Utah Court of Appeals
October 16, 2020
2020 UT App 139 (Click for full text)
The Utah Court of Appeals affirmed the dismissal of Salt Lake City’s condemnation case seeking to acquire air rights over defendants’ property as an avigation easement in connection for a runway for one of its airports. While the Court held that the City had extraterritorial eminent domain power to condemn property outside of the city’s jurisdiction for purposes of an airport, the Court nevertheless affirmed the dismissal as the City had failed to strictly comply with the eminent domain procedure as provided in statutory conditions precedent to a taking.
Salt Lake City owns TVA – an airport located in Tooele County. The defendants (“Owners”) own property south of the airport. The City needed to protect open airspace south of the airport for landing and departing aircraft. The City negotiated with Owners to acquire an avigation easement from them, but defendants did not accept the offer. The City thereafter proposed a resolution to the city council to condemn the rights. The motion was heard over three separate meetings. Whereas the Owners were given proper written notice of the first meeting, and were allowed to speak at the first and second meetings, the Owners were only given oral notice of the second meeting; and as for the third meeting, wherein the city council ultimately approved the authority to condemn, the Owners received late written notice, and were not allowed to speak.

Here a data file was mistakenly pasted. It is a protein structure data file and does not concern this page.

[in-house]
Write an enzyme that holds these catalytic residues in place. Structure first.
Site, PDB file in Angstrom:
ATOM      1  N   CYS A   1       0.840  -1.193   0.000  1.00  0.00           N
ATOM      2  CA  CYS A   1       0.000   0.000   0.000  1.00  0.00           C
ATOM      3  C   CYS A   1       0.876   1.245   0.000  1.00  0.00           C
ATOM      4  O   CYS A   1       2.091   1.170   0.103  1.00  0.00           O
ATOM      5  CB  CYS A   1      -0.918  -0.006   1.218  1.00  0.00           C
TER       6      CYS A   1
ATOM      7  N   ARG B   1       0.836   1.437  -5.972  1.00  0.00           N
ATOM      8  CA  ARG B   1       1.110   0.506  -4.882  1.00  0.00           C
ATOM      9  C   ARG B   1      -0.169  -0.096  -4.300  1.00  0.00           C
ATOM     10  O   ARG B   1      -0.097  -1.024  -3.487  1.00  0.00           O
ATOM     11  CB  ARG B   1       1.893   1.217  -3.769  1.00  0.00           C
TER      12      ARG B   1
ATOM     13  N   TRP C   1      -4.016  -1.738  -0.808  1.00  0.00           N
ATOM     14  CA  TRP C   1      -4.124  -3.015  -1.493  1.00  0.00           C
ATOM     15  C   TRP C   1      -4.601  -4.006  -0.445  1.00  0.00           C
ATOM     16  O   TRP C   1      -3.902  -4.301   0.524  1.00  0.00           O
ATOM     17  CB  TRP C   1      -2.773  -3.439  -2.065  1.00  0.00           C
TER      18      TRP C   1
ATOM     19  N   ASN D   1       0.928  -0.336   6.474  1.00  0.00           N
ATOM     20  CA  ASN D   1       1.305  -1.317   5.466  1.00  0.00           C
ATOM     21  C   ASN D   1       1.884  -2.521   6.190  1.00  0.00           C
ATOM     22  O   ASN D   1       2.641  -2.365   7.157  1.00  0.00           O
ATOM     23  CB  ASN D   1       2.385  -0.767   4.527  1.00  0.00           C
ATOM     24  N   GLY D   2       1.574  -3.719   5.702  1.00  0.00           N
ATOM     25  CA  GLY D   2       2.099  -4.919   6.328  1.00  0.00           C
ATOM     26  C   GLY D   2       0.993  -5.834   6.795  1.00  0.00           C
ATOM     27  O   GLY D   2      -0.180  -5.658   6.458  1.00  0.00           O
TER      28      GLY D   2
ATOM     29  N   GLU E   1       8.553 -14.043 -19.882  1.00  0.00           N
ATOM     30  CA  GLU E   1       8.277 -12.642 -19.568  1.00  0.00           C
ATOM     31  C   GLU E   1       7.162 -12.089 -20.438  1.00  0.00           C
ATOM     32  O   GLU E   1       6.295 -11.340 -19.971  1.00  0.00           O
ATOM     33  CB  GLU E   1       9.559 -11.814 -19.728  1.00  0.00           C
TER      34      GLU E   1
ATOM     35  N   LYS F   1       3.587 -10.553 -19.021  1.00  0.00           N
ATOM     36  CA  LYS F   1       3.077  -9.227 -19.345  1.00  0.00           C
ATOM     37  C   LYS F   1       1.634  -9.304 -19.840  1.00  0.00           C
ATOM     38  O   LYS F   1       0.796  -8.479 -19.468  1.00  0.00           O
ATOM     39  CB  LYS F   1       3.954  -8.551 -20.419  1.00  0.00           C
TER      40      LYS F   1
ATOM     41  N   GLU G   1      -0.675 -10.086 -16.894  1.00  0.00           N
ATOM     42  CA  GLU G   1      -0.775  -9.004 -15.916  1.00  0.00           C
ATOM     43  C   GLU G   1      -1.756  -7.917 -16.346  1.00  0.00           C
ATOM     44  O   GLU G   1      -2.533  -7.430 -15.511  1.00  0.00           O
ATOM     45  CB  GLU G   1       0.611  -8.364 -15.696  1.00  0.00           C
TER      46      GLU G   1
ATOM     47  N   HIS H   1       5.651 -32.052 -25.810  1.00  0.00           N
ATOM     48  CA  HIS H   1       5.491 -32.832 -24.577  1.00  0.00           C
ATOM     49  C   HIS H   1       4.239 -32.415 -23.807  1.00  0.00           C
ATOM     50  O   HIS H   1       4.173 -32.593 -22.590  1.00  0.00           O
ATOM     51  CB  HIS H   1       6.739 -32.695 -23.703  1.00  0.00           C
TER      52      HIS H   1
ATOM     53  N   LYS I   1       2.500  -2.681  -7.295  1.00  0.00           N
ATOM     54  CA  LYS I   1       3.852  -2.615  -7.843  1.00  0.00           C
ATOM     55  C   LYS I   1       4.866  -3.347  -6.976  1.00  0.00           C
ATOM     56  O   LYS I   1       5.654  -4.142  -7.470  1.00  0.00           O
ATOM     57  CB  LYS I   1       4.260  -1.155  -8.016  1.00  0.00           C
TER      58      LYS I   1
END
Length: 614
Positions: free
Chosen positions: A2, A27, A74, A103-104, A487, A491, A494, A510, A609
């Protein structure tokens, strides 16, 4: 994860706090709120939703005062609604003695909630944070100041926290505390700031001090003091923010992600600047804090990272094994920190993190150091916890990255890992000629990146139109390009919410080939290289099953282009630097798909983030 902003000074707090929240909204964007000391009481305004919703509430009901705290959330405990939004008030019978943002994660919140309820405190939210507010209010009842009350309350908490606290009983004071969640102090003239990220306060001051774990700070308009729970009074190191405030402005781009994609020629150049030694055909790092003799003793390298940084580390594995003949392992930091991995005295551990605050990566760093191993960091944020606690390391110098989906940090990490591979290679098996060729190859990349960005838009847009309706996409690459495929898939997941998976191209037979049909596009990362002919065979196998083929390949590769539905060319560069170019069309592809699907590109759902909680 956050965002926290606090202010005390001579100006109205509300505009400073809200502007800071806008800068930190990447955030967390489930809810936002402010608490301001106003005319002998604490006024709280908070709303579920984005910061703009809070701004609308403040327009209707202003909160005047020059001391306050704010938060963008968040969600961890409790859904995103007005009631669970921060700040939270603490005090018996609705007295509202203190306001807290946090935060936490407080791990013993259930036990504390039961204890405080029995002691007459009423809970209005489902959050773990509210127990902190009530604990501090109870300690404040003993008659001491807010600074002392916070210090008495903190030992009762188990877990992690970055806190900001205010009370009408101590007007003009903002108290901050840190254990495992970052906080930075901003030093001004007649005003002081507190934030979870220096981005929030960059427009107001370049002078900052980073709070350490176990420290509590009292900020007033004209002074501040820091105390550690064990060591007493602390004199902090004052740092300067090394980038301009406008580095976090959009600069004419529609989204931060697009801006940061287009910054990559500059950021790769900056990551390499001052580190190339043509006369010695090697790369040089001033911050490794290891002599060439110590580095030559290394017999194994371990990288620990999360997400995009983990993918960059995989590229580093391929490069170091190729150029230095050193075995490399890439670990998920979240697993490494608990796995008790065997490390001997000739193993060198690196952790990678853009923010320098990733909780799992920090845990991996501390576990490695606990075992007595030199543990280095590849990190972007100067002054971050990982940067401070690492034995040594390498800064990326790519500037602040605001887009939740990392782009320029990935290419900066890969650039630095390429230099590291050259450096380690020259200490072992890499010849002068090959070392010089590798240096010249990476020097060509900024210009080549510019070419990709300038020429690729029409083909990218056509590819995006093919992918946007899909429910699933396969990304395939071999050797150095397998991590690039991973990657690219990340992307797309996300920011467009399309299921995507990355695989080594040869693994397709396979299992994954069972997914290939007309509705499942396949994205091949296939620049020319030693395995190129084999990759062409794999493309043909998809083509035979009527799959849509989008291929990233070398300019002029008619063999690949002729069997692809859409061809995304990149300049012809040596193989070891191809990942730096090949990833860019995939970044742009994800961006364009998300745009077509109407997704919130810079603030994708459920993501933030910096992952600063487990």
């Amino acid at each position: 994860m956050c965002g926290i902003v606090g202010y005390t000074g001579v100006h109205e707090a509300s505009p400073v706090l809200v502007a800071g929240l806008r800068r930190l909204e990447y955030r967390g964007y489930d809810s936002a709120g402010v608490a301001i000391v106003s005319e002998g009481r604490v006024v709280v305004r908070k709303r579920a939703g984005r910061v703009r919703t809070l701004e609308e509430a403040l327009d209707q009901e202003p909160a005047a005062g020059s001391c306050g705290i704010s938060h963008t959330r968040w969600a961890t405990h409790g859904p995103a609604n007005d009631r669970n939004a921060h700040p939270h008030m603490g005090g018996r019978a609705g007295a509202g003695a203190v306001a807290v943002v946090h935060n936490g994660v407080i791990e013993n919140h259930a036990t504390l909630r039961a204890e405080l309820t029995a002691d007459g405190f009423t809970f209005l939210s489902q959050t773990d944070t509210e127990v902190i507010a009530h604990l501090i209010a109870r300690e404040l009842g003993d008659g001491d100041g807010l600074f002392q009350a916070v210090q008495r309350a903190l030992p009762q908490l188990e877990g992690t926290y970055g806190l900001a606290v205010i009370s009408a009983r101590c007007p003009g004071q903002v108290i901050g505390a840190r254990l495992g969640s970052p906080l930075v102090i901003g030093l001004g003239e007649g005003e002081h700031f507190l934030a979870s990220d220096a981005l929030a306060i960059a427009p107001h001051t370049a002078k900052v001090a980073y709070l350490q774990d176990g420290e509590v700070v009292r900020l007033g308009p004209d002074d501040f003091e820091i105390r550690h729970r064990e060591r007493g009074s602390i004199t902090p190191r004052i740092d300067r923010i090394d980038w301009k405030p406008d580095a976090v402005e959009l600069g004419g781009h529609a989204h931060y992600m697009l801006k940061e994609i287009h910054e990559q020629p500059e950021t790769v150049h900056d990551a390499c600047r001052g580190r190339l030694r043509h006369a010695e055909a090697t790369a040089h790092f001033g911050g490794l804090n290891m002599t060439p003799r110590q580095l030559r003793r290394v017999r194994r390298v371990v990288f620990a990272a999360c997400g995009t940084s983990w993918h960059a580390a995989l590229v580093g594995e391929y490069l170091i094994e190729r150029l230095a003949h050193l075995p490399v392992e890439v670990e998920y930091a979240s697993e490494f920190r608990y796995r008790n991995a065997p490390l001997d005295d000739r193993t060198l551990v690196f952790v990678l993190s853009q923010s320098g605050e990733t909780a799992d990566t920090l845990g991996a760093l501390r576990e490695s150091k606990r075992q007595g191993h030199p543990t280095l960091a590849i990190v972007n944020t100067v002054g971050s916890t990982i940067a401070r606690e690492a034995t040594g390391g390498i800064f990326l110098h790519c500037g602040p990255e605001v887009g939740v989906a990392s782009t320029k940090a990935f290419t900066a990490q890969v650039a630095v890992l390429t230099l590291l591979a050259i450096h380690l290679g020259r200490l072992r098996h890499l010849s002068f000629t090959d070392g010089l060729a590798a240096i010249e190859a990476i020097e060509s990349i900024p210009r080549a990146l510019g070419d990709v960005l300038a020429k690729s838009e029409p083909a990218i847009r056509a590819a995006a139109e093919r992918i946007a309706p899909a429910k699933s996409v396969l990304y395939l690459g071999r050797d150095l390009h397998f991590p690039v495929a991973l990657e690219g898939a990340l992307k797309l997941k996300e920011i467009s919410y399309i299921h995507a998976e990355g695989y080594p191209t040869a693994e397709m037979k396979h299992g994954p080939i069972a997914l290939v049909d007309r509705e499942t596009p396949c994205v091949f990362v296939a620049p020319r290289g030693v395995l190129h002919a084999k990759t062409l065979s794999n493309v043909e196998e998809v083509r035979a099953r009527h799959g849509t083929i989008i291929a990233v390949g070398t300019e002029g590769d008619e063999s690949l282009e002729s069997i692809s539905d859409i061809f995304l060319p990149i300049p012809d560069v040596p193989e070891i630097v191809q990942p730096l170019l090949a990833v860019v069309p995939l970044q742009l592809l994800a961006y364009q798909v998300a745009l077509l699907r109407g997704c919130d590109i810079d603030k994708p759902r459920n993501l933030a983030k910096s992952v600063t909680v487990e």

Years of litigation followed, and upon competing summary judgment motions, the trial court dismissed the case without prejudice because of the City’s failure to provide proper written notice of and opportunity to be heard at the third meeting, but denied the Owner’s request for attorney fees, finding that a procedural dismissal is not a final judgment on the merits, as the City could likely re-file and successfully condemn upon following the required procedures. Both parties appealed: the City arguing that the court erred in dismissing because the City had substantially complied with the statute; the Owners arguing the City has no power to condemn outside its boundaries, therefore the court failed to grant judgment on the merits and award fees.The Court of Appeals applied the ten-business-day-written notice and opportunity-to-be-heard requirements of Utah Code Section 78B-6-504(2)(c) to each public meeting. The procedures and prerequisites prescribed in the eminent domain statute become a matter of substance, and demands strict compliance. Substantial compliance – through actual notice and prior opportunity to be heard – cannot be read into the statute because of the weighty matter of the government’s immense power to deprive an owner of substantive private property rights; similarly, the Owners are not required to prove prejudice in the failures. As to the Owner’s claims, the Appeals Court held that the City – as the owner of an airport – has a grant of eminent domain power for a clear and explicit purpose under Utah Code Sections 72-10-413 and 72-10-205, which are construed liberally in favor of extraterritorial power to condemn. Therefore the procedural dismissal was proper, and Owners were not entitled to an award of fees under any applicable law.